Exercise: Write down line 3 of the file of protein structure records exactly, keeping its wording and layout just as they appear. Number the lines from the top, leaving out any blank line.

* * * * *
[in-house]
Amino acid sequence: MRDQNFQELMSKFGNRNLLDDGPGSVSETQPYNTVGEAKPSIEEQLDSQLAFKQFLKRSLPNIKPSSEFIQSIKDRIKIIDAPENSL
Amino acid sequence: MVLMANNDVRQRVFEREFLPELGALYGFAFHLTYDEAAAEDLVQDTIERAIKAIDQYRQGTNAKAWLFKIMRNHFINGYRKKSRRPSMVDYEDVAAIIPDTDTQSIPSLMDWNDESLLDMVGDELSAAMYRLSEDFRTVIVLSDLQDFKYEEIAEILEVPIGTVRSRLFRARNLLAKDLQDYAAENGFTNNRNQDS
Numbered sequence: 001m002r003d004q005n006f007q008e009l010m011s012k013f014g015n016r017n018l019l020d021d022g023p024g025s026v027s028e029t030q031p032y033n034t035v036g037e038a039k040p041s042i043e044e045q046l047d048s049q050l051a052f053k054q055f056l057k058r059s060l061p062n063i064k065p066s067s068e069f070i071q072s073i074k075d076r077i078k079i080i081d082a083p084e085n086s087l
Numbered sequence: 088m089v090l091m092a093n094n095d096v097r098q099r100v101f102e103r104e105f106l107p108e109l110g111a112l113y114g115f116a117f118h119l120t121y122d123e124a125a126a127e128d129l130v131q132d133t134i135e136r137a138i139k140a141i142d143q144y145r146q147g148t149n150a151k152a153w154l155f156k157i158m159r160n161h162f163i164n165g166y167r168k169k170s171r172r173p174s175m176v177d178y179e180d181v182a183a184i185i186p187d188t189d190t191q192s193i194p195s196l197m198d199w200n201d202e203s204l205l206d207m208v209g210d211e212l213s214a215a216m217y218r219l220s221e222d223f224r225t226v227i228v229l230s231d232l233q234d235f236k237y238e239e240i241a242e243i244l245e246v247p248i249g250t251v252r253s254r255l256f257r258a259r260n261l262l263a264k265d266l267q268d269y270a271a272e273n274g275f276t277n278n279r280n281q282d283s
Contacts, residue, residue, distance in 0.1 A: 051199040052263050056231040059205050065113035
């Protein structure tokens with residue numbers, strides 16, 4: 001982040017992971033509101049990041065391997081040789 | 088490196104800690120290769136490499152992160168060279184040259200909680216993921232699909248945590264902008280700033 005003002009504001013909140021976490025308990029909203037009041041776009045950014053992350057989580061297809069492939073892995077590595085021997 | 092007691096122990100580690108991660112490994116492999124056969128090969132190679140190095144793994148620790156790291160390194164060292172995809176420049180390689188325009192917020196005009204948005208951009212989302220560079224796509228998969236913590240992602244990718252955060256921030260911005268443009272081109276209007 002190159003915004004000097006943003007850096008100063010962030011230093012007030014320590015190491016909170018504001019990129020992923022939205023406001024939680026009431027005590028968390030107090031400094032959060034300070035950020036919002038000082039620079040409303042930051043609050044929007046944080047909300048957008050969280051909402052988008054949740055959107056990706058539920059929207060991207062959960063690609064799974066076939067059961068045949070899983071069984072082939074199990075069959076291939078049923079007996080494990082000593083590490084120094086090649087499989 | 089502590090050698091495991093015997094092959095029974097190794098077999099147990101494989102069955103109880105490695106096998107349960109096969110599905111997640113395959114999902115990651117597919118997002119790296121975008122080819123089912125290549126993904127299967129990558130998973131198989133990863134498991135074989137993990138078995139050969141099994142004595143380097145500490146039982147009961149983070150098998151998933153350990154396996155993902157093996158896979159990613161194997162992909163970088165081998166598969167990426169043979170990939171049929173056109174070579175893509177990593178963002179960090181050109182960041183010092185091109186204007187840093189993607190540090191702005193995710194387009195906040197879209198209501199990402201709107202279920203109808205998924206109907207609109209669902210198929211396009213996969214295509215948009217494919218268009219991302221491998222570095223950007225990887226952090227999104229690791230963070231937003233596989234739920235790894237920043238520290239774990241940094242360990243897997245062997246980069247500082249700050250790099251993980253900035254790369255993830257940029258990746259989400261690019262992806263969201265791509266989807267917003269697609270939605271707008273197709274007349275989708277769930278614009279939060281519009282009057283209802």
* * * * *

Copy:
Amino acid sequence: MVLMANNDVRQRVFEREFLPELGALYGFAFHLTYDEAAAEDLVQDTIERAIKAIDQYRQGTNAKAWLFKIMRNHFINGYRKKSRRPSMVDYEDVAAIIPDTDTQSIPSLMDWNDESLLDMVGDELSAAMYRLSEDFRTVIVLSDLQDFKYEEIAEILEVPIGTVRSRLFRARNLLAKDLQDYAAENGFTNNRNQDS